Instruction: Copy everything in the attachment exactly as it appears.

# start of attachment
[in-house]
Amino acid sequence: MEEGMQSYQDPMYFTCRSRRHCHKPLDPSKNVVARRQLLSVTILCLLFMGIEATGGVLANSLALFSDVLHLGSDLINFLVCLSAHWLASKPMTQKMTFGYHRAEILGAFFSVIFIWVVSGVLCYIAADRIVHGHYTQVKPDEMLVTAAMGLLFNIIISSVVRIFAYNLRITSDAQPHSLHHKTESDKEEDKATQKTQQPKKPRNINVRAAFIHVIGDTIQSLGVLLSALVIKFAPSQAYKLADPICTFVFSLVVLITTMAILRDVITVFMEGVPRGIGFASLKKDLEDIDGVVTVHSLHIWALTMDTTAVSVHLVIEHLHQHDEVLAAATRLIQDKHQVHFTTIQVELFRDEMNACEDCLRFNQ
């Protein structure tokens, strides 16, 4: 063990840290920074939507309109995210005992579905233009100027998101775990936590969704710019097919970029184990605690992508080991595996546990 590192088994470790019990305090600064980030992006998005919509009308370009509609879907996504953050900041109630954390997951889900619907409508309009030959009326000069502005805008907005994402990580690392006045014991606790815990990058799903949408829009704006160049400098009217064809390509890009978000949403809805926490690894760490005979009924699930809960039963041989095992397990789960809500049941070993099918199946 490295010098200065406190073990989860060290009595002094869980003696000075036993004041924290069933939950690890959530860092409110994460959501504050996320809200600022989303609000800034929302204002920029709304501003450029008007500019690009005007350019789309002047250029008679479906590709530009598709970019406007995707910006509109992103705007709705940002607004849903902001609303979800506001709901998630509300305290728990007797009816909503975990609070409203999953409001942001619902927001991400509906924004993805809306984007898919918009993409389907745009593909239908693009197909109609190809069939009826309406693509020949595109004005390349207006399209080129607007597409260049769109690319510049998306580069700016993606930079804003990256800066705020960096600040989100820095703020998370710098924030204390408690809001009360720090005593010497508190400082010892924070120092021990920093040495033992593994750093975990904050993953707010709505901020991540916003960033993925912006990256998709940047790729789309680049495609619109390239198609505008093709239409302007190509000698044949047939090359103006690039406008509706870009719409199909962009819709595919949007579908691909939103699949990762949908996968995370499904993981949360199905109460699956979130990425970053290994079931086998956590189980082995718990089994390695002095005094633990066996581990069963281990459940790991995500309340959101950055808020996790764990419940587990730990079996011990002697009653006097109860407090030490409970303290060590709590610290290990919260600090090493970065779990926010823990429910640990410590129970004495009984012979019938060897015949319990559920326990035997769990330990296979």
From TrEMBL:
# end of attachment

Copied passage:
[in-house]
Amino acid sequence: MEEGMQSYQDPMYFTCRSRRHCHKPLDPSKNVVARRQLLSVTILCLLFMGIEATGGVLANSLALFSDVLHLGSDLINFLVCLSAHWLASKPMTQKMTFGYHRAEILGAFFSVIFIWVVSGVLCYIAADRIVHGHYTQVKPDEMLVTAAMGLLFNIIISSVVRIFAYNLRITSDAQPHSLHHKTESDKEEDKATQKTQQPKKPRNINVRAAFIHVIGDTIQSLGVLLSALVIKFAPSQAYKLADPICTFVFSLVVLITTMAILRDVITVFMEGVPRGIGFASLKKDLEDIDGVVTVHSLHIWALTMDTTAVSVHLVIEHLHQHDEVLAAATRLIQDKHQVHFTTIQVELFRDEMNACEDCLRFNQ
């Protein structure tokens, strides 16, 4: 063990840290920074939507309109995210005992579905233009100027998101775990936590969704710019097919970029184990605690992508080991595996546990 590192088994470790019990305090600064980030992006998005919509009308370009509609879907996504953050900041109630954390997951889900619907409508309009030959009326000069502005805008907005994402990580690392006045014991606790815990990058799903949408829009704006160049400098009217064809390509890009978000949403809805926490690894760490005979009924699930809960039963041989095992397990789960809500049941070993099918199946 490295010098200065406190073990989860060290009595002094869980003696000075036993004041924290069933939950690890959530860092409110994460959501504050996320809200600022989303609000800034929302204002920029709304501003450029008007500019690009005007350019789309002047250029008679479906590709530009598709970019406007995707910006509109992103705007709705940002607004849903902001609303979800506001709901998630509300305290728990007797009816909503975990609070409203999953409001942001619902927001991400509906924004993805809306984007898919918009993409389907745009593909239908693009197909109609190809069939009826309406693509020949595109004005390349207006399209080129607007597409260049769109690319510049998306580069700016993606930079804003990256800066705020960096600040989100820095703020998370710098924030204390408690809001009360720090005593010497508190400082010892924070120092021990920093040495033992593994750093975990904050993953707010709505901020991540916003960033993925912006990256998709940047790729789309680049495609619109390239198609505008093709239409302007190509000698044949047939090359103006690039406008509706870009719409199909962009819709595919949007579908691909939103699949990762949908996968995370499904993981949360199905109460699956979130990425970053290994079931086998956590189980082995718990089994390695002095005094633990066996581990069963281990459940790991995500309340959101950055808020996790764990419940587990730990079996011990002697009653006097109860407090030490409970303290060590709590610290290990919260600090090493970065779990926010823990429910640990410590129970004495009984012979019938060897015949319990559920326990035997769990330990296979």
From TrEMBL: